It's a complicated story, the relationship between Kosovo and Serbia.
Kosovo, formerly a province in southern Serbia, declared its independence in 2008. The United States, and most of the member states in the European Union, have recognized this. But for Serbia, and many other countries, Kosovo remains a rebellious province with an ambiguous legal status.
Once again, there is fighting on the Serbian/Kosovo border. Here is a report from Reuters.
The situation in the northern part of Kosovo is volatile because the population is predominantly Serbian and Orthodox Christian. The rest of Kosovo is overwhelmingly ethnic Albanian and, for the most part, moderate Muslim.
The situation in Kosovo has come to feel a lot more personal for me lately.
Last month, I tried to send a couple of packages to Pristina, the capital, to a family member who is living and working there. I had done so in the past with no problems.
But this time, those two packages came back, in quick succession. You can see the most recent one in the photo.
Each package was stamped RETOUR, in big letters.
In smaller letters, there was a longer message. It had the rhythm of a strange haiku:
DUE TO UNEXPECTED SITUACION
OCCURRED IN REGION OF KOSOVO
AND METOHUA TRAFFIC IS INTERRUPT
TEMPORARY 11003 BELGRADE
I had read stories about the practical implications of Kosovo's unresolved international status. They don't yet have their own country code for telephoning, so a call from someone in Kosovo may appear to be coming from Slovenia or Serbia. There are problems with e-commerce. Passport issues. And problems with the mail.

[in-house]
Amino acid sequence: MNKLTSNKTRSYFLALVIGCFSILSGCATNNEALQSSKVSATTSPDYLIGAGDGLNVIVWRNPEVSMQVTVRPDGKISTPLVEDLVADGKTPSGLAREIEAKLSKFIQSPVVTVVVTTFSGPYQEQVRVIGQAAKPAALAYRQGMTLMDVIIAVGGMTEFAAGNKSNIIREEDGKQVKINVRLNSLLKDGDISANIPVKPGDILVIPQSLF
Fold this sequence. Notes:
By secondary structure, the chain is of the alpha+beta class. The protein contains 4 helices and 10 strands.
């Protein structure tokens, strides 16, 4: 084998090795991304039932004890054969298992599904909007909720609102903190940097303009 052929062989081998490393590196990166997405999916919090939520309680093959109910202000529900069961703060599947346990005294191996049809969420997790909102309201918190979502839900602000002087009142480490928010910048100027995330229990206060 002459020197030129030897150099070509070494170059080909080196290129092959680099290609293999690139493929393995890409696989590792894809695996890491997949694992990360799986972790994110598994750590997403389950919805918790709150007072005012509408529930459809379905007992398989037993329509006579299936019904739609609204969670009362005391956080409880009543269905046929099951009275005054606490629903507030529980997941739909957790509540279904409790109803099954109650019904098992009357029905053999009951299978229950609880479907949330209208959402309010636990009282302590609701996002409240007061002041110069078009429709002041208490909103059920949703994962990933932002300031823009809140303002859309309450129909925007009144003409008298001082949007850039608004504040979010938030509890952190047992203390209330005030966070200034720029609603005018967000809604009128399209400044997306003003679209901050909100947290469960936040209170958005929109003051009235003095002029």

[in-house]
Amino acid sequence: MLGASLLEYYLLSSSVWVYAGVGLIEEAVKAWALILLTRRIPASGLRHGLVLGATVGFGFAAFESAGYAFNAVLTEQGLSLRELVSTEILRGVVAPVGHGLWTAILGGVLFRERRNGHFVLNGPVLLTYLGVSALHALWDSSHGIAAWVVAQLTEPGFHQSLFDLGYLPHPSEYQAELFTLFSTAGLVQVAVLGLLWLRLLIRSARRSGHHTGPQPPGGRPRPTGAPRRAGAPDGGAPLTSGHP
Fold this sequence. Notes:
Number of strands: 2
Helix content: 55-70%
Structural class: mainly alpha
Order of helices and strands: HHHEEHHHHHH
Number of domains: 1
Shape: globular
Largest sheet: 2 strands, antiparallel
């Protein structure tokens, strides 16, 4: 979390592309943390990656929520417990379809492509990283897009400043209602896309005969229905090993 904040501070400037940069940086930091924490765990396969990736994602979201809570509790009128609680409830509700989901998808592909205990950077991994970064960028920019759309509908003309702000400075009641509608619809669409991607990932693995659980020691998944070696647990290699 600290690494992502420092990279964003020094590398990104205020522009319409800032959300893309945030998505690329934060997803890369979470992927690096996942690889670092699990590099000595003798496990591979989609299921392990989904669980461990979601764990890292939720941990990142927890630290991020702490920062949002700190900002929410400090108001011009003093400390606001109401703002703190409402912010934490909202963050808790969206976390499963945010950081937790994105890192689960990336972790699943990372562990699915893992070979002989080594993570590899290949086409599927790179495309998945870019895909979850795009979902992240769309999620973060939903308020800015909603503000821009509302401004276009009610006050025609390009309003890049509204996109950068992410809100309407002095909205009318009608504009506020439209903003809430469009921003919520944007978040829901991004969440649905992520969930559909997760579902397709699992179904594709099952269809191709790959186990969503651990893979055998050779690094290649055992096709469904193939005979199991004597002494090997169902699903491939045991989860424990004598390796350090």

When I mailed the first package, the Post Office employee had questioned me. "Isn't this address in Serbia?"
No, I assured her, it was in Kosovo.
I should have listened. Evidently, I would have had better luck if I had written out the complete address and then simply added "Serbia" at the end. On the other hand, I've read that some people in Kosovo refuse to accept mail that includes "Serbia" in the address.
It's complicated, all right.
Although the packages looked a little battered, the contents were undisturbed. So now my husband and I are enjoying the homemade Passover mandelbrot I tried to send to Kosovo last month. The cookies are intact and tasty, despite their three week journey to the Balkans and back.
I hope the people are as resilient.
On a more positive note, I have just had some of my Slovenian "food-and-roots" writing published in Kosovo. It appears here, in a youth-oriented publication called, appropriately enough, Kosovo 2.0. They have a diverse array of voices. And everything is published in three languages: Albanian, Serbian, and English.
So that's one more reason why Kosovo, Serbia--and the Balkans--matter in a whole different way to me now.
Causes Blair Kilpatrick Supports
Louisiana Folk Roots, National Alliance for the Mentally Ill, Habitat for Humanity/Musician's Village New Orleans, Doctors Without Borders